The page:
Unless we can get financial support to these people in the very short term, we will begin to see the loss of social cohesiveness and the disintegration of communities— both of which will undermine our best efforts to contain the spread of COVID 19. I clearly remember working in the emergency room in Douglas County during the recession of the early 1980s, when interest rates skyrocketed and the bottom dropped out of the housing industry. In my timber dependent community of Roseburg, unemployment approached 19%. In the ER, I saw firsthand the consequences when proud hard-working people who—through no fault of their own—were suddenly unable to pay the rent or put food on the table: stress and uncertainty leading to substance abuse, domestic violence and the unraveling of families.
We are looking at the very real potential for that to happen on a massive scale unless we can provide these struggling people some financial security, a way to meet basic needs and some hope for the future. We need to be acting on this right now. I have been watching the congressional debate over the relief package and the reality is that a one-time direct cash payment is simply not enough. To maintain social cohesiveness Oregonians, and all Americans, need some sense of financial certainty that they can meet their basic needs over the next 12 to 18 months—or at least until we reach some degree of steady-state suppression of the viral spread and can begin to put people back to work, a day that will be hastened by the availability of adequate testing capacity.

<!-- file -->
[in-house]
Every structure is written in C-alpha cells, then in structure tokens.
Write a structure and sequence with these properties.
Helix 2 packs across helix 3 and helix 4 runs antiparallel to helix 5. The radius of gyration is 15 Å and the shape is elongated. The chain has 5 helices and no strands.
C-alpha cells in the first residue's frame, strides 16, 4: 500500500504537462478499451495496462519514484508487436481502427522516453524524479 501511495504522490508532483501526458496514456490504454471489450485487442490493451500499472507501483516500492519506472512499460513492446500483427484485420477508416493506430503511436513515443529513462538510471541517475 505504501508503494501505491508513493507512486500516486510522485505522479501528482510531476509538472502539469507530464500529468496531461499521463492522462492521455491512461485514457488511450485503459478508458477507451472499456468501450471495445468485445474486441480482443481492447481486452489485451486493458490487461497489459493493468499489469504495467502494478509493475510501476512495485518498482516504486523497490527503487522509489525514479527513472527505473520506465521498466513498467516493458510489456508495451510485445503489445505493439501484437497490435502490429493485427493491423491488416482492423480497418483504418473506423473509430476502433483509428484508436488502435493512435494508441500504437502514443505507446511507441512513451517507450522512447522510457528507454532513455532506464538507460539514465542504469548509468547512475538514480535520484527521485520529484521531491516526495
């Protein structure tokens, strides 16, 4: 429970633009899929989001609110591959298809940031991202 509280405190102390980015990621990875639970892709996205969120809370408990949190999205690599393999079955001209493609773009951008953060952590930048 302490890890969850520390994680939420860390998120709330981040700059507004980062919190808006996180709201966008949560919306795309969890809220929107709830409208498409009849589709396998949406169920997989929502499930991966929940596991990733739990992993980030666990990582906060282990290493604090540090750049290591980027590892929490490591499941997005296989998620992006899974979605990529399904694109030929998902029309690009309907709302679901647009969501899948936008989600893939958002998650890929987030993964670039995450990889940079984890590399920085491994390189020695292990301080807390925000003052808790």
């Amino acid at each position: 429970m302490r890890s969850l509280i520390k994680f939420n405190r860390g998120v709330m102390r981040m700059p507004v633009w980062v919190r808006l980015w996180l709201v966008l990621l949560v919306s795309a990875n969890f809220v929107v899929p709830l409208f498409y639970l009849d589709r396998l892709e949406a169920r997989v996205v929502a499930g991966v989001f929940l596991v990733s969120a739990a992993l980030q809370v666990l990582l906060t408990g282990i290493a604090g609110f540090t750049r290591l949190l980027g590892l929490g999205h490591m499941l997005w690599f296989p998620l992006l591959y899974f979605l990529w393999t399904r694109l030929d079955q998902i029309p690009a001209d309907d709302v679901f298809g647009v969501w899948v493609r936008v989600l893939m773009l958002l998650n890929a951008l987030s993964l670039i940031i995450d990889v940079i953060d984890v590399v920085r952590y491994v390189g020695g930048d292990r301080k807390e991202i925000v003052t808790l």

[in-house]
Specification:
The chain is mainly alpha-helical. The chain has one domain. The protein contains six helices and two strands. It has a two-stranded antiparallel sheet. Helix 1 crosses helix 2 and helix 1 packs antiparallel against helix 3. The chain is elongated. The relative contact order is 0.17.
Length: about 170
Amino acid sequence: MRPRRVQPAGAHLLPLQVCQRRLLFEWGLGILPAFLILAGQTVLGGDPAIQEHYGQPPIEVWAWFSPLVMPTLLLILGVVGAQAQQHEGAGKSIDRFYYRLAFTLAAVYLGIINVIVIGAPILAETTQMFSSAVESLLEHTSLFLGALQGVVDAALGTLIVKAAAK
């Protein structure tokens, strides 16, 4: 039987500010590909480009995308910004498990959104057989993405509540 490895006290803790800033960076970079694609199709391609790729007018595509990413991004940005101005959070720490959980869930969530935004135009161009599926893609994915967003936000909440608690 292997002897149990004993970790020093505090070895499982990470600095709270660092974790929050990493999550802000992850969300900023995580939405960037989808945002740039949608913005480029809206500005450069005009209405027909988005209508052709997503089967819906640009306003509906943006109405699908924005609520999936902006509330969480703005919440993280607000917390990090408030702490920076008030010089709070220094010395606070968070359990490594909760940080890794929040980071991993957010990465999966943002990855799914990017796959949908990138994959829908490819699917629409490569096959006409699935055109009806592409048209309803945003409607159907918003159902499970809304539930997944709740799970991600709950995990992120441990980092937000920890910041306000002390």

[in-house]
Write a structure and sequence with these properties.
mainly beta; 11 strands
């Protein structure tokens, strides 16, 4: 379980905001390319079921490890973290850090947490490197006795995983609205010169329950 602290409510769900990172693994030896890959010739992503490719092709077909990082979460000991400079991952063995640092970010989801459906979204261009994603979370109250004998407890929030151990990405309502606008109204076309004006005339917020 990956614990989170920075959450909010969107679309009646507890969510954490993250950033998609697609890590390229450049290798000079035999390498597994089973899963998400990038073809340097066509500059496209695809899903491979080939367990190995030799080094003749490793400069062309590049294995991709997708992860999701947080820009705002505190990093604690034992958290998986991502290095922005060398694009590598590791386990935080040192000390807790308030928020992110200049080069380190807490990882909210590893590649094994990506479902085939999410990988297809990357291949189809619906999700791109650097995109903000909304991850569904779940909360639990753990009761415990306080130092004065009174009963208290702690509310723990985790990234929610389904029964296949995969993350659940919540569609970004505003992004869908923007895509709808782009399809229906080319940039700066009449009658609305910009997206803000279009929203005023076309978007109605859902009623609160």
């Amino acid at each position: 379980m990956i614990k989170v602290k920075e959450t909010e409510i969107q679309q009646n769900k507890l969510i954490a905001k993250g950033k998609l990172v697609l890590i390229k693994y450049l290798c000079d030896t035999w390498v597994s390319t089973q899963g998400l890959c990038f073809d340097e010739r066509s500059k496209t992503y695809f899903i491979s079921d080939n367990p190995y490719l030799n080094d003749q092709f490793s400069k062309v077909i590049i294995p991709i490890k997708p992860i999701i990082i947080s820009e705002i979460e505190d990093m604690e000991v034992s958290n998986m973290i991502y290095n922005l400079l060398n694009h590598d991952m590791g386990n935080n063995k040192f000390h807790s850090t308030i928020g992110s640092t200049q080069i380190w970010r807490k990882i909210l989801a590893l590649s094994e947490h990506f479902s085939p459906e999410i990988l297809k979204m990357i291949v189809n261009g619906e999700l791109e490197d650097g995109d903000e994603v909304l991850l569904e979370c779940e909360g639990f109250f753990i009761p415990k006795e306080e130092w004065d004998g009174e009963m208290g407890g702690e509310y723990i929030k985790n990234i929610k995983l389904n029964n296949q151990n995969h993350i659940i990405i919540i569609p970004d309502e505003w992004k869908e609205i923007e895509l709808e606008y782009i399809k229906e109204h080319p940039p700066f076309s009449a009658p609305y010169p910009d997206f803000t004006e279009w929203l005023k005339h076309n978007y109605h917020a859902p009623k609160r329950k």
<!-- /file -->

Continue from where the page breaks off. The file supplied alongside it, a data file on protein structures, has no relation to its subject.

In addition to the steps that have already been taken to ensure the liquidity of our financial markets, we will need loan guarantees and direct financial assistance for small and medium-size businesses as well as for large corporations.